Barclays pounds 2bn fails to impress market


Financial Editor

Barclays yesterday unveiled the most disappointing performance so far from the big British banks, and even a pounds 306m buy-back of its shares failed to improve the mood of the market.

The impressive headline figure of more than pounds 2bn in pre-tax profits, largely thanks to a sharp drop in bad debt charges, masked a poor performance in the bank's underlying profits.

Martin Taylor, chief executive, insisted: "Barclays had a good year in 1995. All our major businesses are exhibiting greater confidence and greater momentum in an increasingly demanding environment."

But the share price weakened as the market worried about the combination of sluggish income growth and a rapid rise in costs. Barclays' operating profits declined by 5 per cent, compared with an average 16 per cent increase from Lloyd's, NatWest and Midland, which have already reported.

Barclays bought back 40 million of its shares, or 2.5 per cent of its capital. Mr Taylor said this was the preferred way of managing the bank's capital in current circumstances. Barclays bought back 25 million shares, worth pounds 180m, after its interims last August. "The desire to return capital to shareholders remains very strong at Barclays," Mr Taylor said shortly before the buy-back announcement.

In common with the other banks, Barclays is generating surplus capital at a strong rate. Its tier-one capital ratio was 7.7 per cent at the end of 1995, while the bank said yesterday between 6.5 and 7 per cent would be adequate for current conditions.

But it poured cold water on the prospect of using some of this cash for acquisitions. "We have the capital to do it, but we are more centered on getting value out of existing businesses than we are in buying in an overheated banking acquisition market," said Andrew Buxton, Barclays' chairman.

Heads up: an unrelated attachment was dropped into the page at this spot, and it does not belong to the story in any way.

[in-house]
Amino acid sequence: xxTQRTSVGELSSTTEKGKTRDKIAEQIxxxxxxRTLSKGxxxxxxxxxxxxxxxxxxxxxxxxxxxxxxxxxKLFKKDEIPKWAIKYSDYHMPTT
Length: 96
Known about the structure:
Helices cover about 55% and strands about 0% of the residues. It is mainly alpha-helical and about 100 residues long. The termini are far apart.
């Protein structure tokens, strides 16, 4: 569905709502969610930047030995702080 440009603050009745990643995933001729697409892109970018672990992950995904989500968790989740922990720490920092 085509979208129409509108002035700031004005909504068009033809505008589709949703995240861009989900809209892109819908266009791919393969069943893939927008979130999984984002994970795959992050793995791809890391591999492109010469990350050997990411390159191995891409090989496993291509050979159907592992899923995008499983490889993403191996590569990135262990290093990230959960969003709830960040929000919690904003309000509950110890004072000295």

Martin Taylor said the group has no obvious strategic weaknesses. "All the pieces of the jigsaw are in place," he said, committing the bank to continuing its aggressive investment programme. In 1996 investment expenditure will continue at least at last year's level of pounds 430m, which was already up one-third on 1994.

Driven partly by heavy investments but also by large restructuring charges in problem areas such as France, overall costs increased sharply last year by 9 per cent. Excluding investment, restructuring and disposal expenses, underlying costs increased 5 per cent to pounds 4.2bn.

Mike Trippit, an analyst at SBC Warburg, said: "They are trying but not succeeding in getting a grip on this. With income growth sluggish, the operating trend does not look attractive."

Mr Taylor said Barclays would continue to distinguish itself from the other High Street clearers by focusing on quality rather than quantity in earnings "We are aiming for a stable business that shows consistent profits rather than the volatility of the past."

He said the shrinkage of Barclays' loan book "looks almost finished now", adding: "We are trying hard not to push the volume in ways that would threaten the quality we have achieved."

Job cuts will continue, but at nothing like the rate of previous years, the bank said. Mr Buxton said the claim by the banking union, Bifu, of 10,000 losses "may be a reasonable estimate of the trend over the next five years".

Barclays' staff union, Unifi, which claims to represent two-thirds of employees, is to decide this week whether to hold a strike ballot over pay and conditions. It denounced a basic pay rise of 2.75 per cent. But Barclays yesterday said that, on average, staff will be getting an effective pay rise of at least 4.5 per cent, when incremental awards are included, as well as an average pounds 1,200 one-off payment from the 8 per cent staff profit share award.

Barclays shares closed down 6p at 765 yesterday.